Monday, April 17, 2006

Into Africa: Part I

The big gap in postings is due to another trip, but this time we didn't leave Africa, we went even deeper into it!

I scarcely know where to start sharing what we experienced on this amazing continent so I guess I'll just begin at the beginning and move on from there in what will probably be days of postings about our trip to the center of Africa.

We (mostly accidentally) went from here to Africa Lite, then on to Intermediate Africa, finishing up in Africa for Experts (although the experts were our hosts and certainly not us!). We left Ghana after midnight and flew to Johannesburg, South Africa where we never left the International Terminal- just caught our next flight to Zimbabwe and arrived just after lunch.

Our purpose in Zimbabwe was to stop and see Victoria Falls on our way to see Africa in the wild. Victoria Falls is where Stanley met Livingston, and it's an astonishing sight. Feast your eyes:

The Zambesi river flows up to the edge of this huge precipice and just zooms over the edge down hundreds of feet where it hits with such volume and force that it sprays back up and drenches the gawkers on the other side. You can see the cloud of mist and spray from everywhere in the town- it hangs above the falls like a beacon in an otherwise cloudless sky...

We stayed in a very nice place called The Kingdom Hotel- strictly for sissies (which is what we often become on vacation). We didn't even have to turn our hot water on like we do here at home! There was a drawer with candles and matches though, just in case, so we felt more at home once we discovered those. :-)

The man who introduced us to our room proudly showed us our balcony (very nice, with comfy chairs) overlooking the hotel's lagoon, complete with signs warning parents to keep small children from the water due to the crocodiles who live there, and then told us to please remember to shut our sliding glass door when we weren't in the room or we would return to find it inhabited by baboons!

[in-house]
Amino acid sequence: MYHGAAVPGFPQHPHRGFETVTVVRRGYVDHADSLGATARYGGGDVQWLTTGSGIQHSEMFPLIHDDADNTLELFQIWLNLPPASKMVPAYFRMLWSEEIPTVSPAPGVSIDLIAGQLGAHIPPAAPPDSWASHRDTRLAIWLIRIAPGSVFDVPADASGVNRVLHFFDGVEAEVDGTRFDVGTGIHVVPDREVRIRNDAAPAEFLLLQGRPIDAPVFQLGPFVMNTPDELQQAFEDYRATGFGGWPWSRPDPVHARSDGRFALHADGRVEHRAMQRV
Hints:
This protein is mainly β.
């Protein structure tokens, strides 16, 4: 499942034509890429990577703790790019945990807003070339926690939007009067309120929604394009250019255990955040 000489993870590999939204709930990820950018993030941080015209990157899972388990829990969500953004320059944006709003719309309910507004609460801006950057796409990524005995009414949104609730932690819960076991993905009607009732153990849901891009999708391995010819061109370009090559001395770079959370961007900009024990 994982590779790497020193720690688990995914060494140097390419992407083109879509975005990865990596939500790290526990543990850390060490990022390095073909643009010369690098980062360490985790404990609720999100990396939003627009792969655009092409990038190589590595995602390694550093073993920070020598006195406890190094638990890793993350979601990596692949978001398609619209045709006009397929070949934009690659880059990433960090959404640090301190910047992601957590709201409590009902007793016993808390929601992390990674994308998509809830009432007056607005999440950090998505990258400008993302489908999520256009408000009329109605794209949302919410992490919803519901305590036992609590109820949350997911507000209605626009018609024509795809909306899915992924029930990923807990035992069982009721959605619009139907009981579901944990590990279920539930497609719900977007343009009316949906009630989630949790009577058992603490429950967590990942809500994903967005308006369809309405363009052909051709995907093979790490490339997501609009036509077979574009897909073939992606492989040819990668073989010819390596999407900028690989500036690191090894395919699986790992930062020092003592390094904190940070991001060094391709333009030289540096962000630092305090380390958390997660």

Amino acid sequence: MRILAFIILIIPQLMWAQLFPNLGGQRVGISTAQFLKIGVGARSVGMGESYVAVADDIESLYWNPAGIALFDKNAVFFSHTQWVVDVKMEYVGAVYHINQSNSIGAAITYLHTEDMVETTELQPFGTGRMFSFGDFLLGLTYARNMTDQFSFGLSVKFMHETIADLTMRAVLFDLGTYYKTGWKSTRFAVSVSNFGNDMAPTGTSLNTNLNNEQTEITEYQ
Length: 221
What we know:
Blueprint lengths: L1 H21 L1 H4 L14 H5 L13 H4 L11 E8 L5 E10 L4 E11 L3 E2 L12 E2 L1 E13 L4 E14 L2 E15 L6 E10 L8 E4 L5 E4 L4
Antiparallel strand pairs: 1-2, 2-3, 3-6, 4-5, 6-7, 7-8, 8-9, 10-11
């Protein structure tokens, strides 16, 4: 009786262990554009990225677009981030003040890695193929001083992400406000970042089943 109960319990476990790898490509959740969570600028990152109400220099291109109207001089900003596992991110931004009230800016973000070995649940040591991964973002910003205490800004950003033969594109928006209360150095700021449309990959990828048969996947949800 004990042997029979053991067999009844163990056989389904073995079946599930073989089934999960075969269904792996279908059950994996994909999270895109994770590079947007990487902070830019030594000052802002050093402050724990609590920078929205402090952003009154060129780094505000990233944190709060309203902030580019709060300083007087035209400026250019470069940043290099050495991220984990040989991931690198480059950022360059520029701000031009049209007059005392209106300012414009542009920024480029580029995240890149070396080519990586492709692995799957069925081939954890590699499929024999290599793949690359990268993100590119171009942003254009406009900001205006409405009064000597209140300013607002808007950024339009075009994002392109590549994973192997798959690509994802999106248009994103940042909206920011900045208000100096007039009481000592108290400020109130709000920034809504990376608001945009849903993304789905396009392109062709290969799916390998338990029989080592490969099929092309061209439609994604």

Heh. Being the immature people we are, it was a struggle to obey his request. We really wanted the baboons to come in and play, but fear of destroying hotel property and the reluctant realization that baboons are wild animals kept us from "accidentally" leaving the door open...

We settled in, took a nap to recover from our red-eye flight, and then headed to the main part of the hotel for dinner. We stepped from our room into the outdoor hallway and had just begun to walk when Cooper said, very quietly, "Hakuna Matata." We looked at him, followed his gaze to the lawn outside the hallway, and saw, peacefully grazing on their knees, three big, bristly, black, fanged Warthogs.

Whoot! Our first seriously dangerous wildlife. :-)

In the morning, we left the hotel with an extreme adventure operator who offers all kinds of really suicidal experiences in the Zambesi river gorge. Ted and I used the high cost of the activities as our excuse for not flinging ourselves off cliffs into the whitewater abyss, but we told Cooper he could have ONE activity of his choice from the list of:

Flying Fox (run off the cliff in a harness, fly across the gorge, get hauled back)
Gorge Swing (jump off the cliff on purpose, free fall for 70 meters(!) then swing free)